Off The Beaten Track: Burkina Faso, Cote D'Ivore, Lithuania, Suriname, Wallis & Futuna
Formerly known as Upper Volta this landlocked West African country with a French colonial heritage is not known for cricket. However this may change in the near future if the plans set in motion by two cricket lovers living in its capital Ouagadougou is put in place. According to S. Rajan and Deepak Ramchandani the recent visit to Burkina Faso by ICC African Development Manager Hoosain Ayob has set the ball rolling. They visited a school in the capital with a student population of no less than 5000 with a teacher strength of 200 to go with it and were impressed by the sporting facilities available there. The Headmaster of the school too has given his enthusiatic blessings to introduce cricket among its students.
My last feature on Cote d'Ivoire proved popular among Cricinfo readers. Therefore I thought of adding a few more lines on developing cricket among Francophone countries in Africa.
Hoosain Ayob and his team may do well to link with the European Cricket Council [ECC] with regard to obtaining French Video material and Manuals on cricket. These may prove to be very useful for likes of Cote d'Ivoire.
Another scheme that could be tried in Africa would be the 'Foster Parent Scheme' adopted in the East Asia/Pacific Region where First Class states/provinces 'adopt' minor nations. For instance South African provincial teams as Transvaal/ Natal/ Western Province etc. could 'adopt' some of these countries like Cote d'Ivoire. Over to you Hoosain!
This Baltic state famous for its 2800 odd lakes and willowy basketballers has a man with a mission by the name of Chris Butler working for PriceWaterHouse Coopers in Vilnius. He has already been in contact with Alison Smith of European Cricket Council and the aim is to attract a local school to be used as a guinea-pig for a Kwik Cricket project.
Interestingly, another cricket lover - Douglas Abrahams of Douglas Abrahams Architects in Vilnius too has visions of introducing cricket among Lithuanian kids and happily Chris Butler has been given Douglas' contact details.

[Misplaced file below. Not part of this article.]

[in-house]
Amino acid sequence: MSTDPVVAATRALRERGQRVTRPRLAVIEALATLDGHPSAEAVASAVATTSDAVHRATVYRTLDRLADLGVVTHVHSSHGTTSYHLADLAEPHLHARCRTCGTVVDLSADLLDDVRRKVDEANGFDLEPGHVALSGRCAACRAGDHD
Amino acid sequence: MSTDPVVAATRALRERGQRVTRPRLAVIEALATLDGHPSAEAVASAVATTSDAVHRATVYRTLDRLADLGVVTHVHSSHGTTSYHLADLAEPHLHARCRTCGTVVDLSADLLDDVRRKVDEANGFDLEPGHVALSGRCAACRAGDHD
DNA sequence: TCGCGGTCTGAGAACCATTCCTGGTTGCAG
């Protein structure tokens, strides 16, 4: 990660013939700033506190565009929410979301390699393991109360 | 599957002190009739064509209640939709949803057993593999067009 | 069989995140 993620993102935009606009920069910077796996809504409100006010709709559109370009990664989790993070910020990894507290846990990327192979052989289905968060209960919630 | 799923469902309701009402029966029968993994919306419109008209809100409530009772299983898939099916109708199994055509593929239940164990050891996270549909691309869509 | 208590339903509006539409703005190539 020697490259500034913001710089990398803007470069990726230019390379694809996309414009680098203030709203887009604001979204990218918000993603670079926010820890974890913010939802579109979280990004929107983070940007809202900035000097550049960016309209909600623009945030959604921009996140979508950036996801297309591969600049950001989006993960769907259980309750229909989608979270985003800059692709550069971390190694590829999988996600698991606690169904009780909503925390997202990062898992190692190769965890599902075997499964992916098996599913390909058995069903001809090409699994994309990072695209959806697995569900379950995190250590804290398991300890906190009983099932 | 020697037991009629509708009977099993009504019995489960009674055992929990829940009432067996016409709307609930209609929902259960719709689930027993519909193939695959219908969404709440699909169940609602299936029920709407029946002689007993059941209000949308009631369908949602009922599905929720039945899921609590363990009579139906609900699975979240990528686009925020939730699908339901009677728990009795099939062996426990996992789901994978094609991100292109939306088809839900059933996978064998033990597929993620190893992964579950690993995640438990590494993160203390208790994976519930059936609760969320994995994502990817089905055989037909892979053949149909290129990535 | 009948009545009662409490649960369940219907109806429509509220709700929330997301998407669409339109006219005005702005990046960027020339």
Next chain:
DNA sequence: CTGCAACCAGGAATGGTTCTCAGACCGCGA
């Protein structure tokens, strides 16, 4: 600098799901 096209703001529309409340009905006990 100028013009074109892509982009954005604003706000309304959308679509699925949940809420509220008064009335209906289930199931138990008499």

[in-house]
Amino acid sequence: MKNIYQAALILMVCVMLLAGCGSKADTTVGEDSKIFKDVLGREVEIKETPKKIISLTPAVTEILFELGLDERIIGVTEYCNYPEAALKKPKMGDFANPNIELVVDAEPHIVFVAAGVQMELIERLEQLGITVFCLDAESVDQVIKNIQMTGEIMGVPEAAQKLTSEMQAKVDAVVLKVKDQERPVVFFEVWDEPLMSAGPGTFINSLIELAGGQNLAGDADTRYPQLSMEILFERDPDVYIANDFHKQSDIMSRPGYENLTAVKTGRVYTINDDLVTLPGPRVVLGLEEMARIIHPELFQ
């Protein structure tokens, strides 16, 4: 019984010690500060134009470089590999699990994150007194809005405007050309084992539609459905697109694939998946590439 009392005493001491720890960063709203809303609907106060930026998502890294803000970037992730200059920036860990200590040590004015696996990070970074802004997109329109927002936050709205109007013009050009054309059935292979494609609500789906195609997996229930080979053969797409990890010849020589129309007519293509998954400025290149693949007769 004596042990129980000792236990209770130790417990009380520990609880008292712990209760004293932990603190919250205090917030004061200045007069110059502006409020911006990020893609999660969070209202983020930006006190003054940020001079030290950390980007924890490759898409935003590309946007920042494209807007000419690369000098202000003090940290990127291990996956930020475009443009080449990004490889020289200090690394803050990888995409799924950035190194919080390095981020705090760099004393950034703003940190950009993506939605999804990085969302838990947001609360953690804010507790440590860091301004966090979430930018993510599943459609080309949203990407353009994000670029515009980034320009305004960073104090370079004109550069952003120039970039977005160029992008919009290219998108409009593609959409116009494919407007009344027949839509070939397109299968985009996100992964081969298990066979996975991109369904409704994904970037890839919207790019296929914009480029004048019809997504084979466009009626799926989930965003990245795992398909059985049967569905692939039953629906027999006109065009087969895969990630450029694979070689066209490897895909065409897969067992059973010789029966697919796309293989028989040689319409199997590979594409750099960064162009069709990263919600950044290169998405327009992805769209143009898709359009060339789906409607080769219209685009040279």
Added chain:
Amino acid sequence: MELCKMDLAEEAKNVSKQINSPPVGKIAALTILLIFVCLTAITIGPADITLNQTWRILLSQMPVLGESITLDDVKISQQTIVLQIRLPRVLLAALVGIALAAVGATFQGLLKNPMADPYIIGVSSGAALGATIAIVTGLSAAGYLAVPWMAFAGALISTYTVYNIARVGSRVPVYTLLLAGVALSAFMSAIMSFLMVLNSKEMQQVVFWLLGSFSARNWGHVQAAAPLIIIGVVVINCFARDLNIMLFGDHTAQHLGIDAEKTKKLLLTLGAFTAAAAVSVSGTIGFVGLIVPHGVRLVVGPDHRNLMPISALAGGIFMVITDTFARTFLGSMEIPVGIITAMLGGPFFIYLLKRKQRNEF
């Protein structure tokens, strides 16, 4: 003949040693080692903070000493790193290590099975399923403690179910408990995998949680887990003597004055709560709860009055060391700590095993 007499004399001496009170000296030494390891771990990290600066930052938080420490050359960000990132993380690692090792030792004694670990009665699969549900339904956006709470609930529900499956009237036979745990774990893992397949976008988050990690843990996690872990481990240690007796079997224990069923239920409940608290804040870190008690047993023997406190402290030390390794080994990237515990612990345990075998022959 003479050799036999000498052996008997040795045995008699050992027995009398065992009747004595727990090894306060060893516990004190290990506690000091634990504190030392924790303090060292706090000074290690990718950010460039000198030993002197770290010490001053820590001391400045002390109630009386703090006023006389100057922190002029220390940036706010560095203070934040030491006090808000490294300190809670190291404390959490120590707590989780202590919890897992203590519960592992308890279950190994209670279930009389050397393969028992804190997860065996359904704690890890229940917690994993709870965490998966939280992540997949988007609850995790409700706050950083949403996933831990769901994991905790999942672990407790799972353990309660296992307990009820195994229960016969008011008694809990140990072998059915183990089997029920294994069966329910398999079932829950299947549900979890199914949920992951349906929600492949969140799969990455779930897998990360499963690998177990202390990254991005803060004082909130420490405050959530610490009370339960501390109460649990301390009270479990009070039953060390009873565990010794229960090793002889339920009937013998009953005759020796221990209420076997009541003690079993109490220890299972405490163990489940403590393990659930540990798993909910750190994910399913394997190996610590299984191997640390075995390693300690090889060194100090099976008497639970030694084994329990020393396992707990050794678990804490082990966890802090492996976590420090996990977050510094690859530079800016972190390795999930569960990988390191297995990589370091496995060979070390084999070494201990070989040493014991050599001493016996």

This former Dutch colony in South America has a rich cricket atmosphere quite unknown to the outside world. Hope things would change after this article!
Suriname has no less than 15 cricket clubs with 7 in the capital Paramaribo and 8 in the Western District of Nickerie. The cricket seasons are from January to April and again from July to August.
Ram Hiralal the President of Suriname Cricket Association is looking forward to strengthening links with the newly formed Cricket Council of Americas and it is hoped that the benevolence of Robert Weekes - ICC Americas Development Manager would help develop cricket in this country famous for its virgin forests.
WALLIS & FUTUNA
I am certain Matthew Kennedy the energetic ICC East-Asia/Pacific Development Manager would be happy to hear of cricket in this French colony in the Pacific. Well known for its traditional cricket which is practised as a cultural activity to capacity crowds, Wallis & Futuna is taking steps to develop cricket according to MCC Rules.
According to Marie-Jo St.Pierre from New Caledonia, Wallis is closely working with the New Caledonian Cricket Federation with the objective of fielding a team at the 2003 South Pacific Games. Furthermore, New Caledonia has been generous by way of gifting cricket equipment to Wallis.
The Wallis & Futuna Cricket Association is headed by Viane Hoatau and it is hoped that the ICC East Asia/Pacific Region could take the country under its wings to develop cricket there. Certainly, the passion is there but what they lack is the money to buy equipment.
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